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Clarington is creating a new vision and use for historic Camp 30 lands

Clarington December 16, 2016/- The Municipality of Clarington is looking to design a park plan for the historic Camp 30 lands located in Bowmanville. Clarington has signed an agreement with the Jury Lands Foundation, a not-for-profit corporation, to work together to create a park plan and a vision for the future use of the historic buildings and surrounding land. The new plan will look at ways to integrate the historic buildings with the residential neighbourhood and park land.

The Municipality has hired a consultant to work with the community and help create a concept plan to reuse the historic buildings that make up Camp 30. Camp 30, also a former boys’ training school, has been designated as a National Historic Site since 2013; those historic buildings sit on about 19-acres of land. They are surrounded by more than 100-acres of land that will also be part of the overall vision and design for the future neighbourhood.

Clarington is looking to conserve and celebrate the historic character and architecture of Camp 30 in the new park plan. The Municipality will look at reusing the historic buildings, creating a community hub in its place so that people can enjoy the space. The land immediately surrounding the historic buildings will be turned into parkland and will be accessible to all. The residential lands will be developed with an architectural theme and design that reflects the historic character of the original Camp 30 buildings.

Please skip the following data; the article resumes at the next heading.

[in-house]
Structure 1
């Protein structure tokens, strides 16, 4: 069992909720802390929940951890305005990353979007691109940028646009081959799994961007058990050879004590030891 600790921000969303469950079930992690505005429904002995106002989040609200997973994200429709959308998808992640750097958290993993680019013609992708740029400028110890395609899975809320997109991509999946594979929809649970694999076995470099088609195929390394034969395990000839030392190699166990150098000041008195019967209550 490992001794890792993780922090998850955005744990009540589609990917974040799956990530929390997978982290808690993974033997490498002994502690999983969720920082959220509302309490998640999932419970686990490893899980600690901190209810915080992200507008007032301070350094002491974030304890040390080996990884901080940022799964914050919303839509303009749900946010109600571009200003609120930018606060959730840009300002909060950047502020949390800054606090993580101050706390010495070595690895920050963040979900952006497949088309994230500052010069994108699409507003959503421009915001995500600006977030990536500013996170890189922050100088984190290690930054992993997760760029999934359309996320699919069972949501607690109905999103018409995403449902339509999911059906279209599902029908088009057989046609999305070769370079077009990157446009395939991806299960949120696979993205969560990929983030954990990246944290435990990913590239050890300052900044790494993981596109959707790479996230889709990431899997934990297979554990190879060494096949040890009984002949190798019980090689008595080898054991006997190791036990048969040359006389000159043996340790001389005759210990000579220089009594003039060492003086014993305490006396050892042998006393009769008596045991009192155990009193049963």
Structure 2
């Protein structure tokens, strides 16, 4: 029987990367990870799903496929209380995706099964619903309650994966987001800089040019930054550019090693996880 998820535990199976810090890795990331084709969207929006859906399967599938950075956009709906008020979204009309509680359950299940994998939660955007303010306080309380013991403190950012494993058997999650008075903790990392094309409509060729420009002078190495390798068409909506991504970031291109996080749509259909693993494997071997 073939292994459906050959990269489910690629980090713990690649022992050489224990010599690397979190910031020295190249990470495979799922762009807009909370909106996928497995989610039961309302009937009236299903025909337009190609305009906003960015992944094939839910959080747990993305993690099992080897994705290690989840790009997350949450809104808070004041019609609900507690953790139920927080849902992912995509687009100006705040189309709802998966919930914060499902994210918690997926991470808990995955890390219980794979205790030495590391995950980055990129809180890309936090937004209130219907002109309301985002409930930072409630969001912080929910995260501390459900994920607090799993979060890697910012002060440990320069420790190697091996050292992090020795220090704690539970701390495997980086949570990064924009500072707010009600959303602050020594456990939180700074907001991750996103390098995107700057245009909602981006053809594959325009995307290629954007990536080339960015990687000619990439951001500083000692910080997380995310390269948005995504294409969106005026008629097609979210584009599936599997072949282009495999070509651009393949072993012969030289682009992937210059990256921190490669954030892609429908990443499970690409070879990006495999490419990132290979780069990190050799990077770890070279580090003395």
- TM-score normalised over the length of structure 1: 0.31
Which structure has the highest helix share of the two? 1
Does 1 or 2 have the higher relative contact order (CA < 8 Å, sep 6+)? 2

“The Camp 30 buildings will be transformed and refurbished over a longer term, they will be reused as part of a larger community space,” said David Crome, Director of Planning Services. “We want to see the space redesigned so that our residents can walk in the footsteps of history, understanding the significance of the area.”

Once the concept plan for the land is created, Clarington will work with the Jury Lands Foundation to create a strategy to implement the community vision. The Municipality will also work with other levels of government, seeking additional funding sources to promote the lands, and educate the community about the area’s heritage and historical importance.

In 1925, the buildings opened and were used as a training school for delinquent boys. Later, during the Second World War, the space was used by the Allies to house captured high-ranking German officers. It is the only known PoW Camp in Canada with the original buildings from that era.

“This is very exciting for Clarington. We are planning for the redevelopment of the lands so our residents can use them, maintaining a real connection to the history of our community,” said Clarington Mayor Adrian Foster.

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Media Contact:
Basia Radomski
Communications Manager
905-623-3379 ext. 2214

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